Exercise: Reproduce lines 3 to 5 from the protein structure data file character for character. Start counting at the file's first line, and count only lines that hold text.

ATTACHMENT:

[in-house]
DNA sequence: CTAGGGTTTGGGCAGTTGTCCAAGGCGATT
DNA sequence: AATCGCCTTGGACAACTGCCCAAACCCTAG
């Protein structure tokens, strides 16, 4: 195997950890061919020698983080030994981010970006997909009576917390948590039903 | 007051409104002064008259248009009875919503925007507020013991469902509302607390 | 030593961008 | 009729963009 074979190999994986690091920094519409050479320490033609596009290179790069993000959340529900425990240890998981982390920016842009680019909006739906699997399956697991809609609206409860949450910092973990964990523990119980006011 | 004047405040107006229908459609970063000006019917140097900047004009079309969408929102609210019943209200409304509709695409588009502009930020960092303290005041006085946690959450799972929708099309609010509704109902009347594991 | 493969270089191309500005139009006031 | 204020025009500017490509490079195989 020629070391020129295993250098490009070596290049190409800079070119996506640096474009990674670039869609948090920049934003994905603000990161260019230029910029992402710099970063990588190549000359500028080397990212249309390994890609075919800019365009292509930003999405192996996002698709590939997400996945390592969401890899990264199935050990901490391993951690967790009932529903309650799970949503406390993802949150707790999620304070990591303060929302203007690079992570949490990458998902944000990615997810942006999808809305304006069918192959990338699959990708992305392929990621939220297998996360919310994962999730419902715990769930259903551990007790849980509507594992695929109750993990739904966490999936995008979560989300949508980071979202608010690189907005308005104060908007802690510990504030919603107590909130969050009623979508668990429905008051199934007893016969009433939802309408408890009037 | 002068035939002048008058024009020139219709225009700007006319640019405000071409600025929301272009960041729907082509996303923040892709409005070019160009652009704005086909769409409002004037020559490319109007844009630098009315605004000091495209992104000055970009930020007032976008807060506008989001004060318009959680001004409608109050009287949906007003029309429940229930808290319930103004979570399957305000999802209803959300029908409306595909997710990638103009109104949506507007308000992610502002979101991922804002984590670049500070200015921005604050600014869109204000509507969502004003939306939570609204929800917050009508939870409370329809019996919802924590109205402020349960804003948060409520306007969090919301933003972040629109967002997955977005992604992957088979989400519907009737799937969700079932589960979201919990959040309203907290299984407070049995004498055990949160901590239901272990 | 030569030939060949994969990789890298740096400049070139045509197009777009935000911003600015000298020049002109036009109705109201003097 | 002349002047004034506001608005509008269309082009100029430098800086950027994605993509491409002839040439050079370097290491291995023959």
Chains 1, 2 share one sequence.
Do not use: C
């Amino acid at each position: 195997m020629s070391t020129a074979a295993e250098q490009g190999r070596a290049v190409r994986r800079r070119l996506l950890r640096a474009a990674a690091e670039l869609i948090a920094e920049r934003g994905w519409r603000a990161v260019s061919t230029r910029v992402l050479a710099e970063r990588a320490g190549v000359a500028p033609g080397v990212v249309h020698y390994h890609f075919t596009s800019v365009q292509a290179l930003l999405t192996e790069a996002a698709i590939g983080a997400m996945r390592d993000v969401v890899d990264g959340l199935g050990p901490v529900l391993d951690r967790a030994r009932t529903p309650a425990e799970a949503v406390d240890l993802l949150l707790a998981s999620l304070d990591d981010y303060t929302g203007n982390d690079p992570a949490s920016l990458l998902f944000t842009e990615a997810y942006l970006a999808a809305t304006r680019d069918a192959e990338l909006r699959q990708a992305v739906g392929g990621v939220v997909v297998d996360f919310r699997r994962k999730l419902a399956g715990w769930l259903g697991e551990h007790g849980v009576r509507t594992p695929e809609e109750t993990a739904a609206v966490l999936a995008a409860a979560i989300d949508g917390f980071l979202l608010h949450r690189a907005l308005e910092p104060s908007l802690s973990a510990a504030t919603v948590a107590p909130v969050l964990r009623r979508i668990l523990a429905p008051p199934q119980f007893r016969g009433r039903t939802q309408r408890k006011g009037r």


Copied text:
DNA sequence: AATCGCCTTGGACAACTGCCCAAACCCTAG
């Protein structure tokens, strides 16, 4: 195997950890061919020698983080030994981010970006997909009576917390948590039903 | 007051409104002064008259248009009875919503925007507020013991469902509302607390 | 030593961008 | 009729963009 074979190999994986690091920094519409050479320490033609596009290179790069993000959340529900425990240890998981982390920016842009680019909006739906699997399956697991809609609206409860949450910092973990964990523990119980006011 | 004047405040107006229908459609970063000006019917140097900047004009079309969408929102609210019943209200409304509709695409588009502009930020960092303290005041006085946690959450799972929708099309609010509704109902009347594991 | 493969270089191309500005139009006031 | 204020025009500017490509490079195989 020629070391020129295993250098490009070596290049190409800079070119996506640096474009990674670039869609948090920049934003994905603000990161260019230029910029992402710099970063990588190549000359500028080397990212249309390994890609075919800019365009292509930003999405192996996002698709590939997400996945390592969401890899990264199935050990901490391993951690967790009932529903309650799970949503406390993802949150707790999620304070990591303060929302203007690079992570949490990458998902944000990615997810942006999808809305304006069918192959990338699959990708992305392929990621939220297998996360919310994962999730419902715990769930259903551990007790849980509507594992695929109750993990739904966490999936995008979560989300949508980071979202608010690189907005308005104060908007802690510990504030919603107590909130969050009623979508668990429905008051199934007893016969009433939802309408408890009037 | 002068035939002048008058024009020139219709225009700007006319640019405000071409600025929301272009960041729907082509996303923040892709409005070019160009652009704005086909769409409002004037020559490319109007844009630098009315605004000091495209992104000055970009930020007032976008807060506008989001004060318009959680001004409608109050009287949906007003029309429940229930808290319930103004979570399957305000999802209803959300029908409306595909997710990638103009109104949506507007308000992610502002979101991922804002984590670049500070200015921005604050600014869109204000509507969502004003939306939570609204929800917050009508939870409370329809019996919802924590109205402020349960804003948060409520306007969090919301933003972040629109967002997955977005992604992957088979989400519907009737799937969700079932589960979201919990959040309203907290299984407070049995004498055990949160901590239901272990 | 030569030939060949994969990789890298740096400049070139045509197009777009935000911003600015000298020049002109036009109705109201003097 | 002349002047004034506001608005509008269309082009100029430098800086950027994605993509491409002839040439050079370097290491291995023959």
Chains 1, 2 share one sequence.